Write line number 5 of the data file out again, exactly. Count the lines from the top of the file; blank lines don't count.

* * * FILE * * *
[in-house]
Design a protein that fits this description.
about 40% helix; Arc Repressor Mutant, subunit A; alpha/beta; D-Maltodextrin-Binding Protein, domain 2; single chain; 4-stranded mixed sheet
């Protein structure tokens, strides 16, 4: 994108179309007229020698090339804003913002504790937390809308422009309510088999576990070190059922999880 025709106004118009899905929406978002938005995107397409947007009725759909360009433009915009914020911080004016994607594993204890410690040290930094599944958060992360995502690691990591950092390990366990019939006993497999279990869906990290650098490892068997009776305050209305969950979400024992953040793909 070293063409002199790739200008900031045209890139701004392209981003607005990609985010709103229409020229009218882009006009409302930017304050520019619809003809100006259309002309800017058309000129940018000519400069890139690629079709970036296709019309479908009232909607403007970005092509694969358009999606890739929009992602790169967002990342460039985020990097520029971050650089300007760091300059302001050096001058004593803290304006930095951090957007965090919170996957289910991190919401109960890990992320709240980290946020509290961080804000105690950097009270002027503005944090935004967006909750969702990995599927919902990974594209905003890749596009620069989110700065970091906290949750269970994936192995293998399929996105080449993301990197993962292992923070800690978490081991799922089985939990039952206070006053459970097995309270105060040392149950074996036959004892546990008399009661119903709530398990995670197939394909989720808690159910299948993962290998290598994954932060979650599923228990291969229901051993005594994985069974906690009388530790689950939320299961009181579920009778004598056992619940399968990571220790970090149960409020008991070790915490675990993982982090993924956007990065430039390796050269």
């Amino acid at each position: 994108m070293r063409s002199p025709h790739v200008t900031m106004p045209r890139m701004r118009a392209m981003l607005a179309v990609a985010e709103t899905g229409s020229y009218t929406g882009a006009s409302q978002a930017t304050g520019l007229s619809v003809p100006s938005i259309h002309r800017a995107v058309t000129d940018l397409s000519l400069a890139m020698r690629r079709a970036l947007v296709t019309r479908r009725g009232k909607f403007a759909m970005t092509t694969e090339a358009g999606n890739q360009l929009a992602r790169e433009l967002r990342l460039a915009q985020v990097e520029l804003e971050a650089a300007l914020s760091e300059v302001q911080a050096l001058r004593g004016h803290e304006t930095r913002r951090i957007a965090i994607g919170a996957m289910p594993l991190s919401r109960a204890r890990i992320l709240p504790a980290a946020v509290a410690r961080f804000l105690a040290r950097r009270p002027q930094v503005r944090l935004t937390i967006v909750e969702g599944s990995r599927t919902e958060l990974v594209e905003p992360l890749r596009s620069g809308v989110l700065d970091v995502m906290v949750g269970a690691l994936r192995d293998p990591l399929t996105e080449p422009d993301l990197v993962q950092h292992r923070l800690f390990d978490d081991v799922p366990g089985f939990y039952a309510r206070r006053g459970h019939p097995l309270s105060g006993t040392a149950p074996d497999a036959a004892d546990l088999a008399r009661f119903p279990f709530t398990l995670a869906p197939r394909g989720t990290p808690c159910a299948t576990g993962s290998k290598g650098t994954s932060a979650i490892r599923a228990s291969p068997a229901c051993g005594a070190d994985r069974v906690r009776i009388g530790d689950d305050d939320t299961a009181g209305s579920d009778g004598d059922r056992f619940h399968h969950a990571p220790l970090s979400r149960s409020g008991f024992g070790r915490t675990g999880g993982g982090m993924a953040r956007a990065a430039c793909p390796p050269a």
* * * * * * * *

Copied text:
């Amino acid at each position: 994108m070293r063409s002199p025709h790739v200008t900031m106004p045209r890139m701004r118009a392209m981003l607005a179309v990609a985010e709103t899905g229409s020229y009218t929406g882009a006009s409302q978002a930017t304050g520019l007229s619809v003809p100006s938005i259309h002309r800017a995107v058309t000129d940018l397409s000519l400069a890139m020698r690629r079709a970036l947007v296709t019309r479908r009725g009232k909607f403007a759909m970005t092509t694969e090339a358009g999606n890739q360009l929009a992602r790169e433009l967002r990342l460039a915009q985020v990097e520029l804003e971050a650089a300007l914020s760091e300059v302001q911080a050096l001058r004593g004016h803290e304006t930095r913002r951090i957007a965090i994607g919170a996957m289910p594993l991190s919401r109960a204890r890990i992320l709240p504790a980290a946020v509290a410690r961080f804000l105690a040290r950097r009270p002027q930094v503005r944090l935004t937390i967006v909750e969702g599944s990995r599927t919902e958060l990974v594209e905003p992360l890749r596009s620069g809308v989110l700065d970091v995502m906290v949750g269970a690691l994936r192995d293998p990591l399929t996105e080449p422009d993301l990197v993962q950092h292992r923070l800690f390990d978490d081991v799922p366990g089985f939990y039952a309510r206070r006053g459970h019939p097995l309270s105060g006993t040392a149950p074996d497999a036959a004892d546990l088999a008399r009661f119903p279990f709530t398990l995670a869906p197939r394909g989720t990290p808690c159910a299948t576990g993962s290998k290598g650098t994954s932060a979650i490892r599923a228990s291969p068997a229901c051993g005594a070190d994985r069974v906690r009776i009388g530790d689950d305050d939320t299961a009181g209305s579920d009778g004598d059922r056992f619940h399968h969950a990571p220790l970090s979400r149960s409020g008991f024992g070790r915490t675990g999880g993982g982090m993924a953040r956007a990065a430039c793909p390796p050269a």